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Q & A: Do particles of fractional charge exist?

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Most recent answer: 05/11/2016
Q:
Is it possible there exists matter with electrical charges of other than + and -? If such matter does exist, would the electromagnetic radiation be affected?The reason for the question is that since we are made of matter with + and - charges, we would not be able to detect matter having other charges if they neither attract or repel + and - charges. The only way we would be able to detect that other (exotic) matter would be by its gravitational affect.If there is no reason exotic matter cannot exist, then it may. If it does, then possibly we would observe only part of the existing universe. Would a black hole of exotic matter be detectable by any means other than its gravity? An explanation for dark matter?A related question: Can gravity be only attractive? Were matter to exist that possesses repulsive gravity, whether of normal or exotic matter, it could form particles only until the gravitational force exceeds the magnitude of the nuclear forces. One could make assumptions on the gravitational force and calculate the maximum particle size of such matter. If, at creation (the Big Bang) normal matter, exotic matter (with possibly several types of electrical charges), matter with attractive gravity, and matter with repulsive gravity, and all the anti-matter associated with the above were formed, what would the effect have been. My understanding is that in the beginning and for some time thereafter, only energy existed and, until the universe expanded and cooled could particles form. If all the particles mentioned above did form, what are the implications for the formation of the early universe? Assuming that universe could have survived, what are the implications for the eventual development, say 13.7 billion years later, of the universe?It would seem that initially the density of matter with repulsive gravity would have caused space to expand rapidly since the repulsive force would have been very concentrated. Over time, the force would decrease by the square of the distance between particles but would never reach zero therefore causing the rate of expansion of space to continually increase at a decreasing rate. Dark Energy? Possibly the particles formed are not large enough to radiate and possibly they are of exotic matter whose radiation we cannot detect. I am just looking for one knowledgeable enough to provide a "sanity check". Working backward from my limited understanding of physics to explain dark matter and dark energy has caused these questions. I have heard that any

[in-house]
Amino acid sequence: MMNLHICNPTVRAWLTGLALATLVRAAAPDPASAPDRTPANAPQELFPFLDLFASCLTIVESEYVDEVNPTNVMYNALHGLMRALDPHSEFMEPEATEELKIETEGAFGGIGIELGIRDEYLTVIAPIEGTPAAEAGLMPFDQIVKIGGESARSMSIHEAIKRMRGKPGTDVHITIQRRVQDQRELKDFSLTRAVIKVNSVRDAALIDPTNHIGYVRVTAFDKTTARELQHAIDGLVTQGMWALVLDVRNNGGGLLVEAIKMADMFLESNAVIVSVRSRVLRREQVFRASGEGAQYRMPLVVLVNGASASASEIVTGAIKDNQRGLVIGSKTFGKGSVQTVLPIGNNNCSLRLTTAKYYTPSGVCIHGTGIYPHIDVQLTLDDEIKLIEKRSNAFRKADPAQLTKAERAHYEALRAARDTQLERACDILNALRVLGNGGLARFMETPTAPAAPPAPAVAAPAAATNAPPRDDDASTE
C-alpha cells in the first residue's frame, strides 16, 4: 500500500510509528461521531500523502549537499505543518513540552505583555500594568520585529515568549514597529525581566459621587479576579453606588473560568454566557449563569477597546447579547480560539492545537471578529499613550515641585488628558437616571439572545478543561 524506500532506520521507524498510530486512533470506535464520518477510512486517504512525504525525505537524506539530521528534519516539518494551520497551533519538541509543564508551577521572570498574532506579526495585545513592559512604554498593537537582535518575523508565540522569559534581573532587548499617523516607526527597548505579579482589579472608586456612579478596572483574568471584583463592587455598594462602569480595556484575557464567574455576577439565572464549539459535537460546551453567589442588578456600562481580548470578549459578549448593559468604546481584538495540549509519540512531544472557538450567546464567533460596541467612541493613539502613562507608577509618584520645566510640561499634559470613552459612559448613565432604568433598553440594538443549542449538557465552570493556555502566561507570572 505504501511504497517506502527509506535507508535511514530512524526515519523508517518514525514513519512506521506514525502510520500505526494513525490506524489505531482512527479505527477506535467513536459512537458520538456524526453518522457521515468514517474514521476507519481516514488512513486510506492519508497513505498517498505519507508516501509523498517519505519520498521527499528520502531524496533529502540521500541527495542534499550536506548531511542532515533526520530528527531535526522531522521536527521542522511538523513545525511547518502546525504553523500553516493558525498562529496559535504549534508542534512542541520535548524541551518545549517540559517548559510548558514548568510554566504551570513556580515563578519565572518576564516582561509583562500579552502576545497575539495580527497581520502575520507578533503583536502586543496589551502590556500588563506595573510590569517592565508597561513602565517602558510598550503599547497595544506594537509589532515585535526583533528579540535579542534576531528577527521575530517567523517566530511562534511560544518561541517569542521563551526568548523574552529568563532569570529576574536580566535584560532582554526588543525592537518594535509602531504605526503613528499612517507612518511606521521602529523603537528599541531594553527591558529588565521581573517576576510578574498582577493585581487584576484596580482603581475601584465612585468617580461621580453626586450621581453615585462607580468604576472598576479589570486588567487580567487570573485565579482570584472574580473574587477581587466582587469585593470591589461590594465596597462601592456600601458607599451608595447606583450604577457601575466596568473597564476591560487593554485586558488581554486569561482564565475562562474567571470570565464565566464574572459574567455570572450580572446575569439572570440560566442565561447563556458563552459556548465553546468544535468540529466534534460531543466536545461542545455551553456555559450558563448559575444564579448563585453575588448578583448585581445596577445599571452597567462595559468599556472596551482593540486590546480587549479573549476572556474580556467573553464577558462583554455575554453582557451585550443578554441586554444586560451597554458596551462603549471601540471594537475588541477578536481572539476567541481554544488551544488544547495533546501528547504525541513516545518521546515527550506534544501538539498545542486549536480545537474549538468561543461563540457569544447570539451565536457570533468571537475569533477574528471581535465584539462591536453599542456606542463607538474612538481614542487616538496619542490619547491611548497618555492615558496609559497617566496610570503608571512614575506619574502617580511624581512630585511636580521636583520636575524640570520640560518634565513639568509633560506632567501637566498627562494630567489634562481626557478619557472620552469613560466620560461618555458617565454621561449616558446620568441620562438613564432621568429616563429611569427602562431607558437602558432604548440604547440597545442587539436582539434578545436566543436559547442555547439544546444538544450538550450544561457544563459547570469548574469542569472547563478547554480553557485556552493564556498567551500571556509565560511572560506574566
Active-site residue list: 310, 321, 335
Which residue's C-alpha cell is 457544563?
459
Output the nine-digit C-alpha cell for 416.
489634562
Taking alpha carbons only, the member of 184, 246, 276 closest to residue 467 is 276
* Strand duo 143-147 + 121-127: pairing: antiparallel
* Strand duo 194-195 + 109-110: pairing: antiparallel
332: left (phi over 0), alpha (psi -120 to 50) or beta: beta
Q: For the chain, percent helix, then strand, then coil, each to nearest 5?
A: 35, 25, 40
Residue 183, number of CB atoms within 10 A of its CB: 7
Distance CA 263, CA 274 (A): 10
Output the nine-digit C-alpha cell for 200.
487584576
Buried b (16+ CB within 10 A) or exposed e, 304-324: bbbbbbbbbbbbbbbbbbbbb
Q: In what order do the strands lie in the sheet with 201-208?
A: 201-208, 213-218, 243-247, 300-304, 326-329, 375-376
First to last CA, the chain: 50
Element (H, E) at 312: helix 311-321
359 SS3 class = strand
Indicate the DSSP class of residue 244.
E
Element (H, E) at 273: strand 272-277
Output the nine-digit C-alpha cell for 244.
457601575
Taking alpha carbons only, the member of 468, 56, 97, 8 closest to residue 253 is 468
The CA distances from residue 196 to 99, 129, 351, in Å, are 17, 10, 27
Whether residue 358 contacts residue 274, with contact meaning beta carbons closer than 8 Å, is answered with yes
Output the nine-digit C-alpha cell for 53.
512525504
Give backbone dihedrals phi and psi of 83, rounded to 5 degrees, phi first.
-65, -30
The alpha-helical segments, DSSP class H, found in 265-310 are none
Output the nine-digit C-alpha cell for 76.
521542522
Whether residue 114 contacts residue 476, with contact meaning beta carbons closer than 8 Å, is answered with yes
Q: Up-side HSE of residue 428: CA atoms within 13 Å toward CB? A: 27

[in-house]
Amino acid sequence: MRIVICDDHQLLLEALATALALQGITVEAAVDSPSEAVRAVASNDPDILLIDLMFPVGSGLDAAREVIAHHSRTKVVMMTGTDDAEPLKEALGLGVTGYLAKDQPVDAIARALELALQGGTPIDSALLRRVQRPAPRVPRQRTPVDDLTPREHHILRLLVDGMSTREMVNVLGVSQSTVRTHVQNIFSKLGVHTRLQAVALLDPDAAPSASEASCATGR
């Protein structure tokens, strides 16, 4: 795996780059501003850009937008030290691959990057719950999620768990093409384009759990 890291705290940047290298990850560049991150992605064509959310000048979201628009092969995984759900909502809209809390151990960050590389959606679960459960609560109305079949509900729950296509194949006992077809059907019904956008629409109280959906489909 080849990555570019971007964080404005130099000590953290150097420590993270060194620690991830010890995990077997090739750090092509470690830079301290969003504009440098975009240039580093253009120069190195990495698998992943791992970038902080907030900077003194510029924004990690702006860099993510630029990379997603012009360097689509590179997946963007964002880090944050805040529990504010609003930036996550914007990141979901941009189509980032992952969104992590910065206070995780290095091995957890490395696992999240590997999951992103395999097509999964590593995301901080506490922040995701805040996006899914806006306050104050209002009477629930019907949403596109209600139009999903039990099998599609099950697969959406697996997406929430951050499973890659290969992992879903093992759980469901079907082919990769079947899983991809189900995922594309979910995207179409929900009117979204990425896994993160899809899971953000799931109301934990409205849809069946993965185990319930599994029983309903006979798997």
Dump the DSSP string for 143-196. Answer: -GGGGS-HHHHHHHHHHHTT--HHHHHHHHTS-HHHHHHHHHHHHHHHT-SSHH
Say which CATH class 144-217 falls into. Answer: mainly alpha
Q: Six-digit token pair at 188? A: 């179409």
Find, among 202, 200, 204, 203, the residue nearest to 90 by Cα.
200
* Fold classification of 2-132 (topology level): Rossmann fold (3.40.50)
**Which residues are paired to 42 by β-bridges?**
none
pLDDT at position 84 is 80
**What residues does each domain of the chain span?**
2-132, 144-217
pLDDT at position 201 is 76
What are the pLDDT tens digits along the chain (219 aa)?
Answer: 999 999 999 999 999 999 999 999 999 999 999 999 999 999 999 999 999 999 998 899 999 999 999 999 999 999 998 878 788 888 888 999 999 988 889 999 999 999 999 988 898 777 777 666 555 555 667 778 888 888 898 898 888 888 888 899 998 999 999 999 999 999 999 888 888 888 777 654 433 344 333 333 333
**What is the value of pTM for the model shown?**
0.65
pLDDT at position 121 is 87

- Tony Walker (age 72)
37615
A:

Hello Tony,

I'll answer just two of your questions.   There have been many experiments searching for fractional charge but so far none have shown up.   There is a theory, namely the quark theory, that is consistent with charged 1/3 and 2/3 particles.   Again, no free quarks have ever been seen.

If charged quarks existed they very likely would behave electrically just like electrons and protons, radiating when accelerated, having magnetic fields when moving etc.

LeeH

 

I read your first question as asking about some altogether different type of charge, not on the same number line as electrical charge. The answer to that is yes: we call one type of such "charge" the source of the chromodynamic force between quarks.  The point is that there are several types of forces. We give different names to different ones. If we find other forces beyond the ones that we know about (the combined electroweak force, the QCD force, and the gravitational pseudo-force) then we'll need new names, and will try to integrate them into the same mathematical framework as the others.

With respect to repulsive gravity, the basic form of the theory (we're told) only allows for attractive "forces" between ordinary masses. If there some fixed mass density if "empty" space, however, exactly the same theory predicts an exponentially growing expansion of space, driven by a repulsive sort of effect. That appears to be going on now. There's good evidence that in the very early universe a similar inflation occurred, but much faster. That would have required a much higher energy density of empty space. Alternative explanations of that evidence do exist, and sorting this question out is an exciting research topic.

Mike W.


(published on 05/11/2016)

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